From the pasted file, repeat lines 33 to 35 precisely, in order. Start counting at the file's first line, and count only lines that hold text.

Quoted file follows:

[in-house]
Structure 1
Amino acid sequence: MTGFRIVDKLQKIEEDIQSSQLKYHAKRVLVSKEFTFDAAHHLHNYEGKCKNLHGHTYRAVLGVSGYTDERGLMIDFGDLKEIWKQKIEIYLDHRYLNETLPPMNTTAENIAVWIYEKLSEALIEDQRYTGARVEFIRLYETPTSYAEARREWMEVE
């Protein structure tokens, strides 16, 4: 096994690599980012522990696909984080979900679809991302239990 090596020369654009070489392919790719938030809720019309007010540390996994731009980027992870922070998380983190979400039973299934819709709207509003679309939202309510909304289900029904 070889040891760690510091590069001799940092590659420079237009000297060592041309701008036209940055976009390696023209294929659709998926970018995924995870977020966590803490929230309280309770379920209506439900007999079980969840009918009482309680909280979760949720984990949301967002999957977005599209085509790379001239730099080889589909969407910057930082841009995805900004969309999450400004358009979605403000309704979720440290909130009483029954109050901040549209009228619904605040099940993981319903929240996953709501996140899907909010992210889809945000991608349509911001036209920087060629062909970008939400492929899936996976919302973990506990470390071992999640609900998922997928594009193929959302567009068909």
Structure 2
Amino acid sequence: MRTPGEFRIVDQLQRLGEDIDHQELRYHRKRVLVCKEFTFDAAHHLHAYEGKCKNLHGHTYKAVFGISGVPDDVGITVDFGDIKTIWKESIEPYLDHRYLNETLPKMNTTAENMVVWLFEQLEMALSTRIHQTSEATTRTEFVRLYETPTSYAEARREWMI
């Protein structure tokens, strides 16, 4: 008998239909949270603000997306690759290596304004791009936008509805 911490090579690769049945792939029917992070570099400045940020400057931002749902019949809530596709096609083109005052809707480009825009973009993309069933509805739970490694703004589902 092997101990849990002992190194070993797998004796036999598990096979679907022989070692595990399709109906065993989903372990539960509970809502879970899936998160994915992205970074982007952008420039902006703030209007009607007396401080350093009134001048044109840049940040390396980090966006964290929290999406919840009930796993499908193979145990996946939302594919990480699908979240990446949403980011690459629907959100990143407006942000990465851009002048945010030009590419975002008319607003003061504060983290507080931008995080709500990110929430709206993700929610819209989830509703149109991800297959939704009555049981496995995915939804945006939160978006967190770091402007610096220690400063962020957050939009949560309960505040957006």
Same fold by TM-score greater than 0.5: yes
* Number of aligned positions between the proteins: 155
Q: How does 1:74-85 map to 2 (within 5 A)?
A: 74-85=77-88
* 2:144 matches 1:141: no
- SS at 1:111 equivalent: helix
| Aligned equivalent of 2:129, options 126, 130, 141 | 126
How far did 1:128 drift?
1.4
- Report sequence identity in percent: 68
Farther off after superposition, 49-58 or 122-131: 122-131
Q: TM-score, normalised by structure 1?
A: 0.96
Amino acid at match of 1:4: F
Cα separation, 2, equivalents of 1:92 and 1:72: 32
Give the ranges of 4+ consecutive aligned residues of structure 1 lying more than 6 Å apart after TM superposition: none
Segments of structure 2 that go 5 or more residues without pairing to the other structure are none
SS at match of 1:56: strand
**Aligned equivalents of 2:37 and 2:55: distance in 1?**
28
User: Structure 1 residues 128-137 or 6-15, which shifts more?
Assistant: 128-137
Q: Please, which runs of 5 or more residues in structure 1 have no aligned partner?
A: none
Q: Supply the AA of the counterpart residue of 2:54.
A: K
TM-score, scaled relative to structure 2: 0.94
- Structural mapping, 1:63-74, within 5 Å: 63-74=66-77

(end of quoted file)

A: K
TM-score, scaled relative to structure 2: 0.94
- Structural mapping, 1:63-74, within 5 Å: 63-74=66-77